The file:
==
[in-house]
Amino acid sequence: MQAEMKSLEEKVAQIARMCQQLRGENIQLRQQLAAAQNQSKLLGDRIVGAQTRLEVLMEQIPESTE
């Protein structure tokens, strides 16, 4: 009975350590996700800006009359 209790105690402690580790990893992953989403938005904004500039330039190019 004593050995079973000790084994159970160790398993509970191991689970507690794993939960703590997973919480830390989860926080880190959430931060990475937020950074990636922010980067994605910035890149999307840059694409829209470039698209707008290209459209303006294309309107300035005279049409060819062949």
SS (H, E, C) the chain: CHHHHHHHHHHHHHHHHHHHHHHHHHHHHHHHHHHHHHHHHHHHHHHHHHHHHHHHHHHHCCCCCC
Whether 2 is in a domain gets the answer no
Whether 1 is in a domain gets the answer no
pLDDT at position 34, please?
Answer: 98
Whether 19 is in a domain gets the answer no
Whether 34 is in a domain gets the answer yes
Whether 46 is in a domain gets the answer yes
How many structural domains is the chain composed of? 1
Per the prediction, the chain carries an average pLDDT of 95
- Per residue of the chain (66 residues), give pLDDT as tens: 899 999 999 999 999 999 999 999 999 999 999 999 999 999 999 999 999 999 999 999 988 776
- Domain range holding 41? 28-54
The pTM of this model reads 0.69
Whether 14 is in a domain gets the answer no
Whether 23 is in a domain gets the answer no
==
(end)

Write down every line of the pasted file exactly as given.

[in-house]
Amino acid sequence: MQAEMKSLEEKVAQIARMCQQLRGENIQLRQQLAAAQNQSKLLGDRIVGAQTRLEVLMEQIPESTE
């Protein structure tokens, strides 16, 4: 009975350590996700800006009359 209790105690402690580790990893992953989403938005904004500039330039190019 004593050995079973000790084994159970160790398993509970191991689970507690794993939960703590997973919480830390989860926080880190959430931060990475937020950074990636922010980067994605910035890149999307840059694409829209470039698209707008290209459209303006294309309107300035005279049409060819062949």
SS (H, E, C) the chain: CHHHHHHHHHHHHHHHHHHHHHHHHHHHHHHHHHHHHHHHHHHHHHHHHHHHHHHHHHHHCCCCCC
Whether 2 is in a domain gets the answer no
Whether 1 is in a domain gets the answer no
pLDDT at position 34, please?
Answer: 98
Whether 19 is in a domain gets the answer no
Whether 34 is in a domain gets the answer yes
Whether 46 is in a domain gets the answer yes
How many structural domains is the chain composed of? 1
Per the prediction, the chain carries an average pLDDT of 95
- Per residue of the chain (66 residues), give pLDDT as tens: 899 999 999 999 999 999 999 999 999 999 999 999 999 999 999 999 999 999 999 999 988 776
- Domain range holding 41? 28-54
The pTM of this model reads 0.69
Whether 14 is in a domain gets the answer no
Whether 23 is in a domain gets the answer no